Some nights when I'm traipsing home from work in the dark and the rain, I know exactly what I want for dinner: a comforting spicy bowl of creamy lentil dhal. Perfect for curling up on the sofa with and watching some trashy TV. And when you fry the spices, your house will smell amazing! You would normally eat this as a side dish with other curries, but I think this is good enough to eat on its own in a big bowl as a main meal, garnished with a fistful of fresh choppped coriander.

To make a big pot (about 4 large servings):

1 tsp fennel seeds
1.5tbsp coriander seeds
1 tbsp cumin seeds
30 cardamom pods
2 tsp nigella seeds
1/2 cinnamon stick
2 medium onions
2 small hot chillies
2 fat thumb-sized pieces of peeled fresh ginger root
3 fat cloves garlic
1 400g tin chopped tomatoes
3 cups (about 600g) yellow mung dal lentils (you could also use red lentils)
Optional: 1 organic chicken or vegetable stock cube

First up, toast your spices - dry fry the fennel, coriander, cumin seeds together in your large pot until they smell fragrant (one minute on a medium heat should do it) and then grind them up in a pestle and mortar, then put to one side in a bowl. Repeat with the cardamom pods - dry fry until fragrant, then bash the pods in the pestle and mortar and remove the husks. Then grind up the black cardamom seeds and add to the bowl. Dry fry the nigella seeds and cinnamon stick and place them in the bowl of spices - no need to grind.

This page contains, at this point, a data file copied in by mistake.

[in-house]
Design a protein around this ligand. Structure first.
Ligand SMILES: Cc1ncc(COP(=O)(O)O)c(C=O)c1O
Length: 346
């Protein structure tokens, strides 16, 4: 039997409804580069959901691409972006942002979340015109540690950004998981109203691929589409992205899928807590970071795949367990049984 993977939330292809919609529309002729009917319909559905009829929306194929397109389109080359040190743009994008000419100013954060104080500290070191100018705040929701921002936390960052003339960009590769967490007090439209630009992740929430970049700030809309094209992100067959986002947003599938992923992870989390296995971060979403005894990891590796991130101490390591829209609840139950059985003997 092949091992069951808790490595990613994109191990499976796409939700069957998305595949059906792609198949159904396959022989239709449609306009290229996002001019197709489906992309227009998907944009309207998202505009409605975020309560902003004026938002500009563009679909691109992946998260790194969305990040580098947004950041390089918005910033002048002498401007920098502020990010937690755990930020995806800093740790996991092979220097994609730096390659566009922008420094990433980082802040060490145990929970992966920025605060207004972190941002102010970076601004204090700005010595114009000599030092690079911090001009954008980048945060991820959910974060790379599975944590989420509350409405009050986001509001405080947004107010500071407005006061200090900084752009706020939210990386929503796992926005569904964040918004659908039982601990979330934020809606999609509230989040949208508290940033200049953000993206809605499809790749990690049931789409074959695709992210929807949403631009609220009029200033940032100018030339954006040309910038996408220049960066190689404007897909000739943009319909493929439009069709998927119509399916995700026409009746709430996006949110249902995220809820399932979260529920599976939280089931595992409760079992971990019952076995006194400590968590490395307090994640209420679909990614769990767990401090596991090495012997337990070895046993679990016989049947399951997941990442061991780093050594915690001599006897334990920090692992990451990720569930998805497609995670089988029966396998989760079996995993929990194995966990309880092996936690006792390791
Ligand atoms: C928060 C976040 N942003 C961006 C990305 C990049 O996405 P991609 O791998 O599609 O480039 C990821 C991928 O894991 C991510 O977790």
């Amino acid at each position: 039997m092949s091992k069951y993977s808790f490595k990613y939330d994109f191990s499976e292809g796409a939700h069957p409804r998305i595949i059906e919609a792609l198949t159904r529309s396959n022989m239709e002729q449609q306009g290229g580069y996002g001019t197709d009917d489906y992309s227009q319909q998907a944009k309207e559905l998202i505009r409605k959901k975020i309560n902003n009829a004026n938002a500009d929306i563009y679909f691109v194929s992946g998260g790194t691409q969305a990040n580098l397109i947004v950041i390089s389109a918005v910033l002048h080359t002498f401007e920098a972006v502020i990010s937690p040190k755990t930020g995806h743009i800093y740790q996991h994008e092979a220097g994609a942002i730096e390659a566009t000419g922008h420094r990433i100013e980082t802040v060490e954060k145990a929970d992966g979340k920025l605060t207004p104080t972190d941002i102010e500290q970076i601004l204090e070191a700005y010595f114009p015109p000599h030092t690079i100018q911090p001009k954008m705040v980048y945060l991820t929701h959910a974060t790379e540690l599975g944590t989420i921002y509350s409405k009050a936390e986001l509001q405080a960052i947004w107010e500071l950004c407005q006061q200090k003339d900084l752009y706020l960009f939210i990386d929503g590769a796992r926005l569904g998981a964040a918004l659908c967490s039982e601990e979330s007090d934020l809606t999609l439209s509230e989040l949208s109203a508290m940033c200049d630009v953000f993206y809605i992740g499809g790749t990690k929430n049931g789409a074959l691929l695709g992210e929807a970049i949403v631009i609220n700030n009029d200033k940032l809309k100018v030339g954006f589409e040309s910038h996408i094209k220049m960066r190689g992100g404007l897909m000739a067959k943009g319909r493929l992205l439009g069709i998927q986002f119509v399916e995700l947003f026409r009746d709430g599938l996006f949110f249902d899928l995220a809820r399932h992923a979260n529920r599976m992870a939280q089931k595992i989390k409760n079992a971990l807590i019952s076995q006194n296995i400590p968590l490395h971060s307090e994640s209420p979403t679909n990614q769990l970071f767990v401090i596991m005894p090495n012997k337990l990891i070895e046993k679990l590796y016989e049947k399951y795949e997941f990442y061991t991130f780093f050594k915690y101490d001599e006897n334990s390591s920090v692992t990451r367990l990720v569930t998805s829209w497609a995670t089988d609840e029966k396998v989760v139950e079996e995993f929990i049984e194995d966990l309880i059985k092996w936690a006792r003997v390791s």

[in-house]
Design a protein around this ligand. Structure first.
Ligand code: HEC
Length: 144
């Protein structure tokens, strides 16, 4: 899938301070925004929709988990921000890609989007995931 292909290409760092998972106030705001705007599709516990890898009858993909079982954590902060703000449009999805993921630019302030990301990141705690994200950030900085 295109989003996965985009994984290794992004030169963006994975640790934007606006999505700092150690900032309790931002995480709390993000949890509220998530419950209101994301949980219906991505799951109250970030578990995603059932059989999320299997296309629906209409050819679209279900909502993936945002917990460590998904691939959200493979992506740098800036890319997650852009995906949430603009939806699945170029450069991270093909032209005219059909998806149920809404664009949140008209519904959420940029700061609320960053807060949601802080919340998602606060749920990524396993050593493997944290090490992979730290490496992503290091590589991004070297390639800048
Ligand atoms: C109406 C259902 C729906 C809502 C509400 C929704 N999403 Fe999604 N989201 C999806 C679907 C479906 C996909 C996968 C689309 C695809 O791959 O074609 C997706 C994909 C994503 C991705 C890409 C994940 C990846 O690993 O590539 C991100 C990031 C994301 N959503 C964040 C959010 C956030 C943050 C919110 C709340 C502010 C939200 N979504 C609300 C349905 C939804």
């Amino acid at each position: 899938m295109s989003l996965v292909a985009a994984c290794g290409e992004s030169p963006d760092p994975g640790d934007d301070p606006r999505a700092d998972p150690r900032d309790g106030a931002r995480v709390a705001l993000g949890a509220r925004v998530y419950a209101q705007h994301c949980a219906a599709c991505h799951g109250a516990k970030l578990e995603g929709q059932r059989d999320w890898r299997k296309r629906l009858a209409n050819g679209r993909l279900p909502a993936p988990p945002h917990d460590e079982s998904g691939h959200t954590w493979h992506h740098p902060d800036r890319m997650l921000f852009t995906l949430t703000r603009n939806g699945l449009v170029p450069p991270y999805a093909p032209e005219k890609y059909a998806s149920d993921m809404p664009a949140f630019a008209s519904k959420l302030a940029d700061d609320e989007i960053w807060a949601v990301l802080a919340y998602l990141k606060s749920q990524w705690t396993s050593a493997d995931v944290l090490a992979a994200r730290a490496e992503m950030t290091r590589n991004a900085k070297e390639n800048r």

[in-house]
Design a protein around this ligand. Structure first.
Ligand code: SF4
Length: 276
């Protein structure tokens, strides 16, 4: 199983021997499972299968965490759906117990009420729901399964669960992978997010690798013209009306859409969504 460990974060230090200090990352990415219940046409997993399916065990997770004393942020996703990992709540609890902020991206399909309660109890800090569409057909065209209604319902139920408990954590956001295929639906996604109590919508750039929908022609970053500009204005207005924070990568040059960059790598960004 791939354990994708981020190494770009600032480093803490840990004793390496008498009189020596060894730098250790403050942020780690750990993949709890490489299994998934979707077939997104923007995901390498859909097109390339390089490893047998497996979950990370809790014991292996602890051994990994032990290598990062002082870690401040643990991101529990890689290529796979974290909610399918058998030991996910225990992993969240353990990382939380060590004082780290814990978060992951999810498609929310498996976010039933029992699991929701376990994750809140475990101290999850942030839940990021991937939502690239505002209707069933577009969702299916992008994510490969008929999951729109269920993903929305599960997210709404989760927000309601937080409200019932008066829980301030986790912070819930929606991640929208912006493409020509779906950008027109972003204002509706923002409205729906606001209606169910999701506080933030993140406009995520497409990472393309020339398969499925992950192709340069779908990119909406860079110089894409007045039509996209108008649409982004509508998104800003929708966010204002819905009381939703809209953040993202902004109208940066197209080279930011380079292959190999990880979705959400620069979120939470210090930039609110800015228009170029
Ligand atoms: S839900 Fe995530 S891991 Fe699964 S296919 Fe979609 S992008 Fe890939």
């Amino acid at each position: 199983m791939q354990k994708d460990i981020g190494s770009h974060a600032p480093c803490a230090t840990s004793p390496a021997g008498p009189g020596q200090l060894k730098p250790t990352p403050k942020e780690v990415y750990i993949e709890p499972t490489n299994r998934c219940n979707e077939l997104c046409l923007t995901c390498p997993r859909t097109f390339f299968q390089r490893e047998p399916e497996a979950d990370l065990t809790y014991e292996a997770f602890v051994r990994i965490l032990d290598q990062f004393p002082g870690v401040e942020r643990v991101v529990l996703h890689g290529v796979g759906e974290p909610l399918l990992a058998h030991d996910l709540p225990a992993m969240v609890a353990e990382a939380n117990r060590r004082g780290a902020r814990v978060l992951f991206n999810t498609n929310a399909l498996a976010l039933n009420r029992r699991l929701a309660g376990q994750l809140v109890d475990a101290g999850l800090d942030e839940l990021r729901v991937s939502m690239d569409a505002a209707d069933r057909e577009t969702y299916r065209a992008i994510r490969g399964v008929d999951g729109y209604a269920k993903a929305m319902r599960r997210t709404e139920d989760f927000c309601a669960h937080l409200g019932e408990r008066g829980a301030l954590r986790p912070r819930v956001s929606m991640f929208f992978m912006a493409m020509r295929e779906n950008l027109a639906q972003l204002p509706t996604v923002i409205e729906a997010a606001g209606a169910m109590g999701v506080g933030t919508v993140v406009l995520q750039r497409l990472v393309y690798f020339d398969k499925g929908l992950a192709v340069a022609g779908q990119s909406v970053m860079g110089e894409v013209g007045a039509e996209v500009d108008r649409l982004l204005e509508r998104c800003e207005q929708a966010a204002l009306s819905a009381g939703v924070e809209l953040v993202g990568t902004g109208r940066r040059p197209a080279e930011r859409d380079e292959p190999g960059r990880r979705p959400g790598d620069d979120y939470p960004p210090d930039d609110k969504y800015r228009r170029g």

Thinly slice the onions and fry in a couple of tablespoons of rapeseed (or sunflower) oil and cook over a medium heat for a few minutes until translucent. Chop the chillies and grate the ginger on a cheese grater - add to the onions and fry gently for a few minutes. Add the spices and stir well for a minute. Crush the garlic cloves and add to the mix - take care not to cook the mixure very long so that you don't burn the garlic. Add the tinned chopped tomatoes, stir, and let bubble away for a couple of minutes while you boil a full kettle. Add the lentils to the spice and tomato mixture, mix, and then add about 700ml boiling water - stir everything well. Turn the heat down to a low simmer and put the lid on the pot.

The cooking time depends entirely on the type of lentils you are using, how old they are and where they're from - I find that pulses all have wildly differing cooking times. The yellow mung dhal lentils I used above were cooked after 30 minutes. Take the lid off a few times during cooking and stir, making sure the lentils don't catch on the bottom of the pan. If the lentils look too dry, add more boiling water. The lentils will soften and go creamy. When the lentils are soft, add a chopped chicken or vegetable stock cube to add a bit of saltiness, and cook for a further 10 minutes so that it is absorbed. (Note: never try to cook pulses in salty water or stock - they won't soften.)